New Report Shows Asian Americans Living In Poverty In The New York Metro Area Grew By 15 Percent



Asian American Federation Report Found Asian Americans in the New York Metro Area Living in Poverty Increased from Over 252,000 in 2010 to almost 290,000 in 2019; Asian Americans now Make up 10.4% of Those Living in Poverty in the New York Metro Area

Many Asian Americans Living in Poverty Leaving New York City for Suburban Areas

  View Full Report Here

  New York:____A new report from the Asian American Federation (AAF) found that Asian Americans living in poverty in the New York metro area increased by 15 percent over the last decade from just over 252,000 in 2010 to almost 290,000 in 2019, mostly due to overall growth of the Asian American population. Asian Americans now make up 10.4 percent of those living in poverty in the New York metro area, up from 9.2 percent in 2010. The report also found that Asian Americans who have been in the country for an extended period of time are moving to the suburban areas of the New York metro area, rather than stay in New York City. However, recent Asian immigrants living in poverty moving into the metro area from abroad continue to prefer New York City due to the access to in-language and culturally competent services offered by community-based organizations in Asian American neighborhoods.

  “As Asians become a large share of the population living in poverty and many are moving to the suburbs, New York’s local and state agencies in suburban areas will have to make sure their social services are linguistically and culturally accessible to address the needs of this diverse population,” said Jo-Ann Yoo, Executive Director of the Asian American Federation. “Providing relevant services will require outreach that makes use of cultural networks, ethnic media, and trusted voices and leaders in the community, and could go a long way to lifting this community out of poverty.”

  Representative Grace Meng (NY-6) said, “The increase in Asian Americans living in poverty is disturbing and underscores that more work needs to be done to combat the problem. I thank the Asian American Federation for shining a light on this critical issue and for providing actionable items to improve the situation such as addressing educational opportunities, improving language access, supporting seniors, and strengthening key services. In order for benefit programs to address the root problem of poverty, those with limited English proficiency must be able to navigate them in an equitable manner. That is why I have championed initiatives in Congress such as increasing language access and reducing cultural barriers in federal programs. I look forward to continuing to work on these and other issues to ensure all achieve the American Dream.”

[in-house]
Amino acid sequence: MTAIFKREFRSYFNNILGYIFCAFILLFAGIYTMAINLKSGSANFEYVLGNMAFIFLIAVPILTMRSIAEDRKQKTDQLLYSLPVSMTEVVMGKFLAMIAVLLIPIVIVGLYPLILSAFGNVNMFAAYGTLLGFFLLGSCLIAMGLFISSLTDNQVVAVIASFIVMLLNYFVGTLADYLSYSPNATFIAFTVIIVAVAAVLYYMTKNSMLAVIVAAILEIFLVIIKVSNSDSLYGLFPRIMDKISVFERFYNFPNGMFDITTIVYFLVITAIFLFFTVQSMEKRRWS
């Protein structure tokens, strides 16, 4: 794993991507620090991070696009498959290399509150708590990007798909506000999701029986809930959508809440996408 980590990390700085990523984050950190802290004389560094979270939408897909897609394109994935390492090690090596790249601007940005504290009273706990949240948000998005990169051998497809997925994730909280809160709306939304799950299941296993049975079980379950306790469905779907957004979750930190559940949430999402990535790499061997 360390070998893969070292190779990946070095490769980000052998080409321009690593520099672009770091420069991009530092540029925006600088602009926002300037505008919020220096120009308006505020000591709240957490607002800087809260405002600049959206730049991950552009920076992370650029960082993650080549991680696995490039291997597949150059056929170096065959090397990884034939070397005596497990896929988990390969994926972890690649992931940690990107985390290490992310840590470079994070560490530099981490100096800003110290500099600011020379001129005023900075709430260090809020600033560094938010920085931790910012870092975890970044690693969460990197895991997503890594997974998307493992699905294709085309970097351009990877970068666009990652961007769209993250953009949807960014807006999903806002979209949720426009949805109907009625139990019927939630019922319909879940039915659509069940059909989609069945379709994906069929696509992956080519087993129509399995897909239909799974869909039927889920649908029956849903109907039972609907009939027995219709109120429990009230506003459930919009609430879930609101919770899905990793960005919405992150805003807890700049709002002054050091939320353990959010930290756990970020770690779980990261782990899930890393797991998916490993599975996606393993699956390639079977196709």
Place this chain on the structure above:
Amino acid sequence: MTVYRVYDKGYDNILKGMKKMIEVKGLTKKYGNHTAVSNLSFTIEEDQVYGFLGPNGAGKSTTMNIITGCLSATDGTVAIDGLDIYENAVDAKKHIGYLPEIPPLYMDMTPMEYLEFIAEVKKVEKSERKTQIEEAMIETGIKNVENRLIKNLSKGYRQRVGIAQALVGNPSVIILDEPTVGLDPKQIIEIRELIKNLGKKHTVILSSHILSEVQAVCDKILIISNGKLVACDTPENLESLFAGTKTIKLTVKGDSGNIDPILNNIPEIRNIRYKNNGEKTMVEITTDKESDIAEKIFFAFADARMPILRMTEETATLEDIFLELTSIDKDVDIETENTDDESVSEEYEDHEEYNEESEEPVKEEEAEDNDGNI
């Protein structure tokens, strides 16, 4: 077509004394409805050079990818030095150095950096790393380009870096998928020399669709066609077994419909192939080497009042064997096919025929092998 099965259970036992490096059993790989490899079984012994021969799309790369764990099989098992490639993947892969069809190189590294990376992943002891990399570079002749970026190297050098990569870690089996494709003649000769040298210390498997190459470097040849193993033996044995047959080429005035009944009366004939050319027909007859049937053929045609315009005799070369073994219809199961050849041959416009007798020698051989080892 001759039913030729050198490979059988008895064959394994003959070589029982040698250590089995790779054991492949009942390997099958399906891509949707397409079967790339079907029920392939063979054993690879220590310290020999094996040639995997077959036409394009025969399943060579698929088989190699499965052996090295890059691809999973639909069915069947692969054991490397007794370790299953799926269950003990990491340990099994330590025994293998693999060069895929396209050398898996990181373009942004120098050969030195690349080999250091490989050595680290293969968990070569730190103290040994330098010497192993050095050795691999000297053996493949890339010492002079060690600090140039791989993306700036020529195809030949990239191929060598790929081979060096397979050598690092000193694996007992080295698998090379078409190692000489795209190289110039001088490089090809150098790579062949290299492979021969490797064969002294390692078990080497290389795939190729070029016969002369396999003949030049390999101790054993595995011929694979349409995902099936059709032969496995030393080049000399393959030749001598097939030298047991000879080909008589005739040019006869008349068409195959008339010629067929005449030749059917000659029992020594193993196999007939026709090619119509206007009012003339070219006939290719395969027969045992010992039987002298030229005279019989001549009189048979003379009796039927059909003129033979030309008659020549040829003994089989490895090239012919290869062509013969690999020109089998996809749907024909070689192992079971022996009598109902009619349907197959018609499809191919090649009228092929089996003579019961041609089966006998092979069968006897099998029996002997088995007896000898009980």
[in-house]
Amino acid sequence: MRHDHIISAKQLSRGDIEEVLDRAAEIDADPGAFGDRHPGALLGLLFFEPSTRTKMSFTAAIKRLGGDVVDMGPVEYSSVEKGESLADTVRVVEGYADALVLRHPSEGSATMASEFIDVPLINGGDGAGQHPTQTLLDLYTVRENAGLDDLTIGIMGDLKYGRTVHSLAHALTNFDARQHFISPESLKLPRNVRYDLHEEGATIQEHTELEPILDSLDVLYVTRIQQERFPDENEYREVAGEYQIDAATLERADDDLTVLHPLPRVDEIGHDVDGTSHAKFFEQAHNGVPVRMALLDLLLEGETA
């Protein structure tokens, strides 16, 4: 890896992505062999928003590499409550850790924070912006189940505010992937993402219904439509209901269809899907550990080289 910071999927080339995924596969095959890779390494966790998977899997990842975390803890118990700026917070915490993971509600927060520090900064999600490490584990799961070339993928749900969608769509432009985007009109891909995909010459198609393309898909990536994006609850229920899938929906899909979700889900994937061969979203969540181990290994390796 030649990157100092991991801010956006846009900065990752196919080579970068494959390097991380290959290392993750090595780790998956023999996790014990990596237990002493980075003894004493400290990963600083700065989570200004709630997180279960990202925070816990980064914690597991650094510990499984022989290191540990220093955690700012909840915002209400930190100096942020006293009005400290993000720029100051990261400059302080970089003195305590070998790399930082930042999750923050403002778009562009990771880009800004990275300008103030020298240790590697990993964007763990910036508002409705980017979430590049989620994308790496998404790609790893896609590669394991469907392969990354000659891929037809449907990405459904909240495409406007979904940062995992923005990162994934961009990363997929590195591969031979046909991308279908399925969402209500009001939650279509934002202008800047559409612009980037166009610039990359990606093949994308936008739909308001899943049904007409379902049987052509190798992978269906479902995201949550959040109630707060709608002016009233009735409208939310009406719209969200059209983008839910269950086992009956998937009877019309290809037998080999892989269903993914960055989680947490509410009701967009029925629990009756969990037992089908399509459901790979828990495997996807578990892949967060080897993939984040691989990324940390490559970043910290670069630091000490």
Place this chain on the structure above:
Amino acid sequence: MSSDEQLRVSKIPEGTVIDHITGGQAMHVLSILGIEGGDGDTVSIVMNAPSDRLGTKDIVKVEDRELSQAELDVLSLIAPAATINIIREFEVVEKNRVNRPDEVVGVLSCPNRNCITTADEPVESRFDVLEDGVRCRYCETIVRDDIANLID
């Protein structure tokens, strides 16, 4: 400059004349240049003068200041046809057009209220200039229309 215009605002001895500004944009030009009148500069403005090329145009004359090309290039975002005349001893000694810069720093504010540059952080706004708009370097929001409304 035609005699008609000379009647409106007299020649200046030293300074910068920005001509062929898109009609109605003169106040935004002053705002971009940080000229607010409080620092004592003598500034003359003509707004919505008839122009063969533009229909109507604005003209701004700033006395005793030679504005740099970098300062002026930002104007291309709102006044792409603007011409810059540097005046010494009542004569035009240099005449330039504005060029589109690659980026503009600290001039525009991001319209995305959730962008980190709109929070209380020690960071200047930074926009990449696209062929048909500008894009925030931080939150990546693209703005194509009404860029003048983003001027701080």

New York State Senator John Liu said, “This report confirms and accentuates the hard truth that Asian Americans have long suffered from poverty and that the problem has worsened in recent years. This must serve as a call to action for government and private organizations alike to direct resources to the Asian American community. Only when foundations of strength and resiliency are created with these resources can the community achieve long-term equality, well-being, and stronger immunity against the hate and bigotry that has pummeled Asian Americans over the past year and a half.”

“As the first South Asian man elected in New York City, it’s vital to bring light to issues facing my community and highlight work that organizations like the Asian American Federation are doing. Their recent Poverty Report shows how class intersects with Asian American identities, and I look forward to working with them to ensure that all New Yorkers can access the services they need for dignity,” said New York Assembly Member Zohran K. Mamdani.